FINZI: Intimations of Immortality; Grand Fantasia and Toccata. Philip Langridge, tenor; Philip Fowke, piano; Richard Hickox conducting the Liverpool Philharmonic Choir and the Royal Liverpool Philharmonic Orchestra. EMI CDC7 49913-2 [DDDJ; 60:57. Produced by Brain B. Culverhouse.
The verdict on this recent release can be expressed directly: 1) If you are fond of the choral and vocal works of Elgar, Vaughan Williams, and, perhaps, Walton, but you don’t know the music of Gerald Finzi (1901-56), don’t hesitate for another minute. Combining Elgar’s nobility of utterance and Vaughan Williams’ spacious grandeur, with a touch of Walton’s exuberance, Finzi may lack their breadth and depth, but the extraordinarily poignant sensitivity with which he could reflect poetic meaning through simple diatonic melody is second to no one. (Finzi is one of those 20th-century composers who could become a household name — at least among cultured households — if he were ever given broad exposure.) 2) If you already know Finzi’s music, it should be sufficient to state that Intimations of Immortality, a 45-minute ode for tenor solo, chorus, and orchestra, based on William Wordsworth’s reflection on “the disjunction between the ecstatic Before and the disappointing After,” is probably the composer’s magnum opus, occupying him–on and off–throughout most of his adult life and encompassing most facets of his artistic personality. 3) If you already know Intimations of Immortality through the 1975 Lyrita recording (later issued by Musical Heritage Society) featuring tenor Ian Partridge, with the Guildford Philharmonic Choir and Orchestra, under the direction of Vernon Handley, then be assured that, on the basis of vastly superior choral and orchestral execution, this new release represents a distinct and significant improvement. Need I say more?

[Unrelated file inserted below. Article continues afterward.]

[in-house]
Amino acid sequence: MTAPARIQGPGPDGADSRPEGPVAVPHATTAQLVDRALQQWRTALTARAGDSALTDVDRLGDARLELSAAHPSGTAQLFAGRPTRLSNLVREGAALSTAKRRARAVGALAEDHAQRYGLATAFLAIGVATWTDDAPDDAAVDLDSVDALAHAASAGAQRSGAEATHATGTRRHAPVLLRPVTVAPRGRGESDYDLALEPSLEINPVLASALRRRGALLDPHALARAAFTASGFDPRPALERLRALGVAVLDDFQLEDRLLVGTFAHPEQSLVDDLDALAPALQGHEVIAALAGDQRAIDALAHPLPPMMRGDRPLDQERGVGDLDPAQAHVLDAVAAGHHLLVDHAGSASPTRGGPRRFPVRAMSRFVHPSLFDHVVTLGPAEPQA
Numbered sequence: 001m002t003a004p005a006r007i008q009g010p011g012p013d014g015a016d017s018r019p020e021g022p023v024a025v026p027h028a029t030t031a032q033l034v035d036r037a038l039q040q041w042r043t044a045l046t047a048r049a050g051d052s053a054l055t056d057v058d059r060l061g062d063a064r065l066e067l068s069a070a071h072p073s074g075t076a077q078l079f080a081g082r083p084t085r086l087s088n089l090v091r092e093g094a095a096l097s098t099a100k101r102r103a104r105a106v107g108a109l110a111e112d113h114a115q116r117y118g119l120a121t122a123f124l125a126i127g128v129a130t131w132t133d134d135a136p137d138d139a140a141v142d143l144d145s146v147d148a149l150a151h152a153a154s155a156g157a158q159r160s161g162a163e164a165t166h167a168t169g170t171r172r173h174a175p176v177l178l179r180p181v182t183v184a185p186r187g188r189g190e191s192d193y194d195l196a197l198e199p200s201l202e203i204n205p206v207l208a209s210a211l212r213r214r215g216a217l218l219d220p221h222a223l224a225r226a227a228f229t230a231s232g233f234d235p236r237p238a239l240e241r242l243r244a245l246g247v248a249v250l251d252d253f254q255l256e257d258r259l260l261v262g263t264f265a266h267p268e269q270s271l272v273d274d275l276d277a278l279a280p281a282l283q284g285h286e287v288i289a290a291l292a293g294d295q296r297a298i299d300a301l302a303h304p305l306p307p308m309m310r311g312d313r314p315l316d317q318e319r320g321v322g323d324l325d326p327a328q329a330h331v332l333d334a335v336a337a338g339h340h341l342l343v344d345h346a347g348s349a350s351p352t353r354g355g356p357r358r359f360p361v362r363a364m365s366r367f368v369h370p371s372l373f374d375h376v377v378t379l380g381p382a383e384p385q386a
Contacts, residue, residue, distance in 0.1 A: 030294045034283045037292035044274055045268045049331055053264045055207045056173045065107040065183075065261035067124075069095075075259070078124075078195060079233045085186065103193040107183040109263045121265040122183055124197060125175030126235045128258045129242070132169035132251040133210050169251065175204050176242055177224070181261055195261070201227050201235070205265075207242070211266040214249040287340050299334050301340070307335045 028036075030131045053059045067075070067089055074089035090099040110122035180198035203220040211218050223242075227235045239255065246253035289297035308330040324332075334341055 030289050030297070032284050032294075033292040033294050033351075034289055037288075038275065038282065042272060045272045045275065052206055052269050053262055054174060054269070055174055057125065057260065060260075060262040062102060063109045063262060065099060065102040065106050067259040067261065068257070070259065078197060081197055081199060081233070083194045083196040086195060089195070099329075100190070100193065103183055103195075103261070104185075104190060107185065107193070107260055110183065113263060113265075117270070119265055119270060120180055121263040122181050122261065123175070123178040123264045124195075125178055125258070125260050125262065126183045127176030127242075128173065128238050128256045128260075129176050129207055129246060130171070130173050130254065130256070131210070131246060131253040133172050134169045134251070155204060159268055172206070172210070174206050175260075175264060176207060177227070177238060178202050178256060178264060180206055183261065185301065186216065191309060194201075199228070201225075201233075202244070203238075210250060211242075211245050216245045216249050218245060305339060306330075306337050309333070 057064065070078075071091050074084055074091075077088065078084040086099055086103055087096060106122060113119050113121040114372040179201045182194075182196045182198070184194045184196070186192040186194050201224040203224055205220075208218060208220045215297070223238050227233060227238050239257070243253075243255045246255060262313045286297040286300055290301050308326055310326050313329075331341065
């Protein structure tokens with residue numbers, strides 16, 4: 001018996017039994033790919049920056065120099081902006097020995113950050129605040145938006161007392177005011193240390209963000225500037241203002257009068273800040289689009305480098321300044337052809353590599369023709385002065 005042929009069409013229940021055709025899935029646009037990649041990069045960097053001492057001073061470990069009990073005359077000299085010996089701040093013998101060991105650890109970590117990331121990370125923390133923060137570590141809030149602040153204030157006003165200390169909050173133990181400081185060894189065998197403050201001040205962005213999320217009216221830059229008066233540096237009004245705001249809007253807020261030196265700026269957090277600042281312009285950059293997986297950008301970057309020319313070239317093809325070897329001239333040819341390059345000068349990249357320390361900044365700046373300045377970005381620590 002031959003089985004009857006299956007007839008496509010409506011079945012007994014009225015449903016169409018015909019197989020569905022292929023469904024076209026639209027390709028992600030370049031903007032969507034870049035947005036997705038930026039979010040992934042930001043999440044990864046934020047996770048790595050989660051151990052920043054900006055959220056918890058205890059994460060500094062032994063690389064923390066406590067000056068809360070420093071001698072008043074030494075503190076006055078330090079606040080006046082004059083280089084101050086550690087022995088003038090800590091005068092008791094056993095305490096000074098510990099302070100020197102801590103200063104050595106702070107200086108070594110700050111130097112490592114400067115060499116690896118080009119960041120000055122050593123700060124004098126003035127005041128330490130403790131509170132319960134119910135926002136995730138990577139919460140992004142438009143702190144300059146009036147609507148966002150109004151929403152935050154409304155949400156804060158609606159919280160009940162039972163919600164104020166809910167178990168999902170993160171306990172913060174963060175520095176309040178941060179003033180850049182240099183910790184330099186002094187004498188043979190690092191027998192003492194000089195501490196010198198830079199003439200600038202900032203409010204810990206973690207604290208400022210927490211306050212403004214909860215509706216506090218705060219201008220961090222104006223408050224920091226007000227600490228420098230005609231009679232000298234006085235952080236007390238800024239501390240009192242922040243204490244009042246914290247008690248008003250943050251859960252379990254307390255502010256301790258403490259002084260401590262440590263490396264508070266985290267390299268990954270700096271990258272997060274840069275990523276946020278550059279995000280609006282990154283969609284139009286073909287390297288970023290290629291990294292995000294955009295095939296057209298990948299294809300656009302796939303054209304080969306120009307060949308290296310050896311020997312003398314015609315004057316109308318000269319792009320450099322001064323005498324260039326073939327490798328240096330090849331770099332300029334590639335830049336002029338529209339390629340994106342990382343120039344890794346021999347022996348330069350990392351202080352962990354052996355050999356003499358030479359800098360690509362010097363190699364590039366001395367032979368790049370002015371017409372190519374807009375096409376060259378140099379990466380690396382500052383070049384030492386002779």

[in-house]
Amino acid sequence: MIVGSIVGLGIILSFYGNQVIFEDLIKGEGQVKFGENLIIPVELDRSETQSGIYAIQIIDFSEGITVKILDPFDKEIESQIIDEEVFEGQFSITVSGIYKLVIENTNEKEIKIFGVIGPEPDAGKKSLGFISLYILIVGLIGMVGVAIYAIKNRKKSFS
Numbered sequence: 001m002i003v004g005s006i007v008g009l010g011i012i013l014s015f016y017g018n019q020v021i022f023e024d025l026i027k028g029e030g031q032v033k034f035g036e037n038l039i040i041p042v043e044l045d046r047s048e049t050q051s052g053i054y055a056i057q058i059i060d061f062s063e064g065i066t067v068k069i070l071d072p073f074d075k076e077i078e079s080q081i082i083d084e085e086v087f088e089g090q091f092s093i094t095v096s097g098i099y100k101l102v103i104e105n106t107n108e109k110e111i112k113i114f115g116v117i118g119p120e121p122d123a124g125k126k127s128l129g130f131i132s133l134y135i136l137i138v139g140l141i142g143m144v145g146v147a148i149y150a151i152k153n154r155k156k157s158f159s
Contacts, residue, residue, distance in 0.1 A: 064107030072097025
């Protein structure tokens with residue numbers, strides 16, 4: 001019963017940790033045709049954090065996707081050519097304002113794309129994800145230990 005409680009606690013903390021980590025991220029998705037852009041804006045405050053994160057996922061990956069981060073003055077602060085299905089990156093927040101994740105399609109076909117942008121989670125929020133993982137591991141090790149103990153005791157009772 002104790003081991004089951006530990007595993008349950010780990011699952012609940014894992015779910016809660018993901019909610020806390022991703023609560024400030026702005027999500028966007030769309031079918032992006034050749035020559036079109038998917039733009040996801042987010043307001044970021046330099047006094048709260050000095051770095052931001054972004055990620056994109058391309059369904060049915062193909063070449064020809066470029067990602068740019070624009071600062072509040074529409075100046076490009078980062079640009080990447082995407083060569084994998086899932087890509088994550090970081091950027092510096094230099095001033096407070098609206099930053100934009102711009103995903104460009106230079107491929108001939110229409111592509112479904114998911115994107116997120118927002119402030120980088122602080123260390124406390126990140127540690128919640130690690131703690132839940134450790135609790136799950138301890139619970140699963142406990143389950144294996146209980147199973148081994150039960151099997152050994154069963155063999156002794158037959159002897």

The component sections of the Grand Fantasia and Toccata for piano and orchestra actually date from two separate periods. The Fantasia, which is indeed “grand,” in a sort of neo-Bach manner, was composed during the late 1920s, while the Toccata, a lively, urbane, Waltonian romp, was added in 1953. This is not one of Finzi’s more personal works, though it is certainly pleasantly effective. The performance offered here is appropriately brilliant.
While on the subject of piano and orchestra, let me lobby for a new recording of Finzi’s Eclogue, an irresistable 10-minute morsel at least as universally lovable as Mozart’s contribution to “Elvira Madigan”.